G-20 leaders to target nations harboring tax dodgers
Under threat of sanctions, Switzerland and other tax havens are starting to rethink their secrecy laws.
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The German finance minister, a Social Democrat, is known for his brash and biting remarks. But when he slammed the Swiss over their obsession with banking secrecy, the usually placid Swiss erupted. Some even called him a Nazi.As leaders from the Group of 20 Nations meet in London this week, the row between Germany and Switzerland may be just the warm-up. The G-20 is determined to put on a show of unity in the fight to heal the broken global economy. But when it comes to stopping tax dodgers, major powers like the US, Germany, France, and Britain are getting ready for a fight with the countries like Switzerland that aid them.
Steinbruck led the charge when he said at a recent preparatory meeting for the G-20 summit that the Swiss might have to be coerced into cooperating in the battle against tax evasion. "The cavalry in Fort Yuma doesn't always have to ride out. Sometimes it is sufficient just for the Indians to know that they are there," Steinbruck said.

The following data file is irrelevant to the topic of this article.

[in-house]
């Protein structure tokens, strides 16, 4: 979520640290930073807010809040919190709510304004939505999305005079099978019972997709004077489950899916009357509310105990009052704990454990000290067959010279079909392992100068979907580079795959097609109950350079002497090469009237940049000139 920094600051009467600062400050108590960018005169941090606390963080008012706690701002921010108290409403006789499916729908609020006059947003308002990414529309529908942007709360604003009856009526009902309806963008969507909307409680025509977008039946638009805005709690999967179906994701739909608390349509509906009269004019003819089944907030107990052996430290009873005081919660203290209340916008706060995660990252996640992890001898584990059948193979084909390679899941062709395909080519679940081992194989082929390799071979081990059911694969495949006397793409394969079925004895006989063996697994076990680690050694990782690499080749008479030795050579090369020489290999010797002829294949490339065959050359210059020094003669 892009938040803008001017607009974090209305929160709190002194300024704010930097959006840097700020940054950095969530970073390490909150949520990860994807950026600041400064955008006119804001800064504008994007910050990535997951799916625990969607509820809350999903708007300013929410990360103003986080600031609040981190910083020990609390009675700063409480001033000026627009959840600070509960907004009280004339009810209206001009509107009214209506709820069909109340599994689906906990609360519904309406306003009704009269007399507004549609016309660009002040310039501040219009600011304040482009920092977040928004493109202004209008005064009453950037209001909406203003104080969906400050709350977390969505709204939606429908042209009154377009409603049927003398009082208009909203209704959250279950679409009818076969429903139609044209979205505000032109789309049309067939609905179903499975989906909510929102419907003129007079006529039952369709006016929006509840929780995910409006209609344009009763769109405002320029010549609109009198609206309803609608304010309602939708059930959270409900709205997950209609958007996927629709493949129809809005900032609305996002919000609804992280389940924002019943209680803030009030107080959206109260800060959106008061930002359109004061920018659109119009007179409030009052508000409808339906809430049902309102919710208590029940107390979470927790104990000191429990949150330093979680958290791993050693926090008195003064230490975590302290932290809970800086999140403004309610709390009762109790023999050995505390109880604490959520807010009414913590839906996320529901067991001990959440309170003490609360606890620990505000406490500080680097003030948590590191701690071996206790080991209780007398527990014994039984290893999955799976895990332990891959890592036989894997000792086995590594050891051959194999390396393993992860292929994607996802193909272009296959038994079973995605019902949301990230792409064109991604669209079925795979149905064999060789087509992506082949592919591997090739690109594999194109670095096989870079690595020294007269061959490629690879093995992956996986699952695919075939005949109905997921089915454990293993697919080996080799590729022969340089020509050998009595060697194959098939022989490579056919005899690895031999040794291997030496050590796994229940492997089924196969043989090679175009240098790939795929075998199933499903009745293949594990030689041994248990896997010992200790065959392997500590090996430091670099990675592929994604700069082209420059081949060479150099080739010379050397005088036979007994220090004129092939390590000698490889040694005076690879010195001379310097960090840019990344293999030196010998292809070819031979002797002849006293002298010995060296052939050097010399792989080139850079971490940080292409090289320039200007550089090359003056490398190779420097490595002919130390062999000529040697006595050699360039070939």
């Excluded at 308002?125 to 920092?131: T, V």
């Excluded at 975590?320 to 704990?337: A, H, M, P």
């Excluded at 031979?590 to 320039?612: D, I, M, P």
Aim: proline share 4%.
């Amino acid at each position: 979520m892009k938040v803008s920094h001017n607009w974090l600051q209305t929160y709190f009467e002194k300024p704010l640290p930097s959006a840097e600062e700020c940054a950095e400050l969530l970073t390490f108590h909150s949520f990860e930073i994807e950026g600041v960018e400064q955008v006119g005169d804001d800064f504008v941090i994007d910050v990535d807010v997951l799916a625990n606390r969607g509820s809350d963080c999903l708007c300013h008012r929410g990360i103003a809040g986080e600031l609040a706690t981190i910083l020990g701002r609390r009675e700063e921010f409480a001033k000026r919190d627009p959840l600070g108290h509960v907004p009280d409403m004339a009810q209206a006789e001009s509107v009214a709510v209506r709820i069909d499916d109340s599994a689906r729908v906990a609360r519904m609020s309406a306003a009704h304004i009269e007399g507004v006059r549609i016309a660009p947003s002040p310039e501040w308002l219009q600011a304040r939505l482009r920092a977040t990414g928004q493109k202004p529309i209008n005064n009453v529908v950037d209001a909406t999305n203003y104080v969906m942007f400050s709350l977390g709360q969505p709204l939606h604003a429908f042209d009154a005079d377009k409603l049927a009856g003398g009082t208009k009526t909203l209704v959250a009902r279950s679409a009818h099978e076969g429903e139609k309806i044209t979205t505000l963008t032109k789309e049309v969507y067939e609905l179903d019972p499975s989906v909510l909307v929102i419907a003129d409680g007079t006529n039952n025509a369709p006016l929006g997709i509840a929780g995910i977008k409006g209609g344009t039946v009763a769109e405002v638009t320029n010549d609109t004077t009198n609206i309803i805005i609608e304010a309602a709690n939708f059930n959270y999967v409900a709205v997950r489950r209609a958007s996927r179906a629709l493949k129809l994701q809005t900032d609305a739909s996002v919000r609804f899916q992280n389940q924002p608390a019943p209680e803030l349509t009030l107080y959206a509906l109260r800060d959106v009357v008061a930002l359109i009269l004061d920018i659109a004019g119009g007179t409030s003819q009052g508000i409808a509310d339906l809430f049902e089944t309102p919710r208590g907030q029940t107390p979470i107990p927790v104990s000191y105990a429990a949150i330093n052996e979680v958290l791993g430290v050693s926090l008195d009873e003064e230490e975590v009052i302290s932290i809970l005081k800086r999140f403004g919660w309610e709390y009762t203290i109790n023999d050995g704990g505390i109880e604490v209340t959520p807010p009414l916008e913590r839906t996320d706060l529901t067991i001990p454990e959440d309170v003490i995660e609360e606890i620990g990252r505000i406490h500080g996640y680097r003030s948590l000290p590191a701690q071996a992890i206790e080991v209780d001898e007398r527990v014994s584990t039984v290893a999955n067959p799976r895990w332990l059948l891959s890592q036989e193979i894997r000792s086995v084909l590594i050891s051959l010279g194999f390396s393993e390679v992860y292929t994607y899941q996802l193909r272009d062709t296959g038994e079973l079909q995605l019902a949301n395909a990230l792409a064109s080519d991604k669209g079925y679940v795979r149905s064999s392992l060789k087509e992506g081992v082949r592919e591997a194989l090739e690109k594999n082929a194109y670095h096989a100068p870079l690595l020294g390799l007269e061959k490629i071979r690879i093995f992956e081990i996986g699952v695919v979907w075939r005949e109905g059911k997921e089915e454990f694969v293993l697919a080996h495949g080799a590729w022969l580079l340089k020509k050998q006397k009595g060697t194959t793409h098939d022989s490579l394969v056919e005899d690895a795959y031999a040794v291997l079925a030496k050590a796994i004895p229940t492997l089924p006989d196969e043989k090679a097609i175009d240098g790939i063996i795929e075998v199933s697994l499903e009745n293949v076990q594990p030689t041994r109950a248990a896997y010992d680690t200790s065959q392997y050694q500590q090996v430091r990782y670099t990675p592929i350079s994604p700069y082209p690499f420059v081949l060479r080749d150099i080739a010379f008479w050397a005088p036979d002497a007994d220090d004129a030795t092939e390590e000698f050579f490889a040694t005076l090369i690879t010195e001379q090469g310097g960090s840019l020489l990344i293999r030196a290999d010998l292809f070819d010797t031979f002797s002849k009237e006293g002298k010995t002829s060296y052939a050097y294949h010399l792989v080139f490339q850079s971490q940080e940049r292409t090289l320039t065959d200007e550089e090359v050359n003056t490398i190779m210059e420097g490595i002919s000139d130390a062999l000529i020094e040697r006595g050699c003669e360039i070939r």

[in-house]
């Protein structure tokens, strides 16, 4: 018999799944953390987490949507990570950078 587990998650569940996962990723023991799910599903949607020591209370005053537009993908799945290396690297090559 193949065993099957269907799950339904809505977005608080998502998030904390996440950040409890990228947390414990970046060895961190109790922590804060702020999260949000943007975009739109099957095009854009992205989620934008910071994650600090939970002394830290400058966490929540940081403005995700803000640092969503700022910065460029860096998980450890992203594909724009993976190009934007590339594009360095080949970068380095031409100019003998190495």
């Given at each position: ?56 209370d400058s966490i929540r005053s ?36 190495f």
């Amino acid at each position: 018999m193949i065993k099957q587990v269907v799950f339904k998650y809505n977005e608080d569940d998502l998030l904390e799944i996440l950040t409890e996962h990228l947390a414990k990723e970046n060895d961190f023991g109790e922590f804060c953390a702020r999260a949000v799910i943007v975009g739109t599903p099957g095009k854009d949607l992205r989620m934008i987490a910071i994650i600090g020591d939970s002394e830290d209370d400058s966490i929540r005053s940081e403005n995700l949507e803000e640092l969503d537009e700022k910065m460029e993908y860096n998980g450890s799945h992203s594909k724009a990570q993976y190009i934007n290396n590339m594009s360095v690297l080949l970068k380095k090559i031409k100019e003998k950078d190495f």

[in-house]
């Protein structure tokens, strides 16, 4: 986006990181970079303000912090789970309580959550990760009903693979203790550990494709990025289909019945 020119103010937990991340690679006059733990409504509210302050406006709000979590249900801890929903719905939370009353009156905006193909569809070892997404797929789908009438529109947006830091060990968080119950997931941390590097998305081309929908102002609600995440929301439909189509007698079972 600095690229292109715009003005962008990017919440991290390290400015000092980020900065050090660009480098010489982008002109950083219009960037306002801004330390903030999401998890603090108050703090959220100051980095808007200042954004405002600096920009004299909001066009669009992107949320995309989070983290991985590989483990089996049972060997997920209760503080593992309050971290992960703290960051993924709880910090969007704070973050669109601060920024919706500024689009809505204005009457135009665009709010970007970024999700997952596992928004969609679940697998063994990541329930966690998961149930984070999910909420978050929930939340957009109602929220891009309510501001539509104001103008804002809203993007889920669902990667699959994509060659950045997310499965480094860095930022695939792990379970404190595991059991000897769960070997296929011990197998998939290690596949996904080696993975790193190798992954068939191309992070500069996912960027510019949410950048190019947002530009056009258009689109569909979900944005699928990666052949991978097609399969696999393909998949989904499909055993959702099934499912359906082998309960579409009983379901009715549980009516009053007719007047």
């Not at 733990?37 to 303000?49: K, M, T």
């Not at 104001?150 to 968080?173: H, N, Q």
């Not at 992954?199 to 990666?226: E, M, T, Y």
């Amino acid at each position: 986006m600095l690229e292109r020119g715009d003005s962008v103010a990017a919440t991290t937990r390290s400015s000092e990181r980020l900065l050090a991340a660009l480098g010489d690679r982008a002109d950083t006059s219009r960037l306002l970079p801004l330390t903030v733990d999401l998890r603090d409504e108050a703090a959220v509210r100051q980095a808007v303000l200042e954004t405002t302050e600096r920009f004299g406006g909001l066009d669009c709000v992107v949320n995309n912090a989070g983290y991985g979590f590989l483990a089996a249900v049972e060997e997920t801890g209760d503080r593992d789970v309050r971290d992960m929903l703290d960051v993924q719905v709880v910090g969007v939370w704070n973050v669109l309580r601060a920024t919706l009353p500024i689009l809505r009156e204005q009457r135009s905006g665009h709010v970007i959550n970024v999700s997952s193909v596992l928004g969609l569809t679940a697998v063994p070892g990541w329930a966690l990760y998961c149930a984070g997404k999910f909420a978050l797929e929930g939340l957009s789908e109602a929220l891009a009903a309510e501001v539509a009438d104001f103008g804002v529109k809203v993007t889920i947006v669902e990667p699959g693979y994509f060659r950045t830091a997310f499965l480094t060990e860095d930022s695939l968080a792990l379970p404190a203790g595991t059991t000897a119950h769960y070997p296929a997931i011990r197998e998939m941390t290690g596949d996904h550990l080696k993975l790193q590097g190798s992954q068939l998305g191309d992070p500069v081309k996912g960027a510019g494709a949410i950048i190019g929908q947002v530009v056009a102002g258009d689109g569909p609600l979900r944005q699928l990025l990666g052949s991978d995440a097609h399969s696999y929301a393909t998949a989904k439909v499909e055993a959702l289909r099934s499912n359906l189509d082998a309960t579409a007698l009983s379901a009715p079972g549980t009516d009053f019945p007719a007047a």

The Swiss went ballistic. The German ambassador in Bern was summoned to comment. The tabloid "Blick am Abend" dubbed him "The Ugly German." Thomas Müller, a Christian Democratic, told the Swiss parliament, "He reminds me of that generation of Germans that walked the streets in leather overcoats, boots and armbands 60 years ago." Accelerated 'progress' after years of pressure
Governments of the world's biggest economies have applied moral pressure for more than a decade on Switzerland, Liechtenstein, Luxembourg, Singapore, Monaco, and a host of countries that allow the well-heeled to park their money out of the sight of tax authorities at home.
Now, they are threatening to replace the tough talk with strict sanctions on those countries that continue to shelter tax evaders with bank secrecy rules. One by one, the tax havens are caving in.
"We have made more progress in the past 13 days than in the last 13 years," says Jeffrey Owens, head of the tax policy unit of the Organization for Economic Cooperation and Development (OECD), a group of 30 democracies that is seeking to establish a global standard for tax cooperation.
In London, G-20 leaders are expected to push for those countries that refuse to sign up to the OECD tax agreement to be put on a black list and face possible sanctions, including revisions to bilateral tax agreements and economic penalties, such as restrictions on a country's banks operating abroad and on any foreign banks operating in the country on the black list.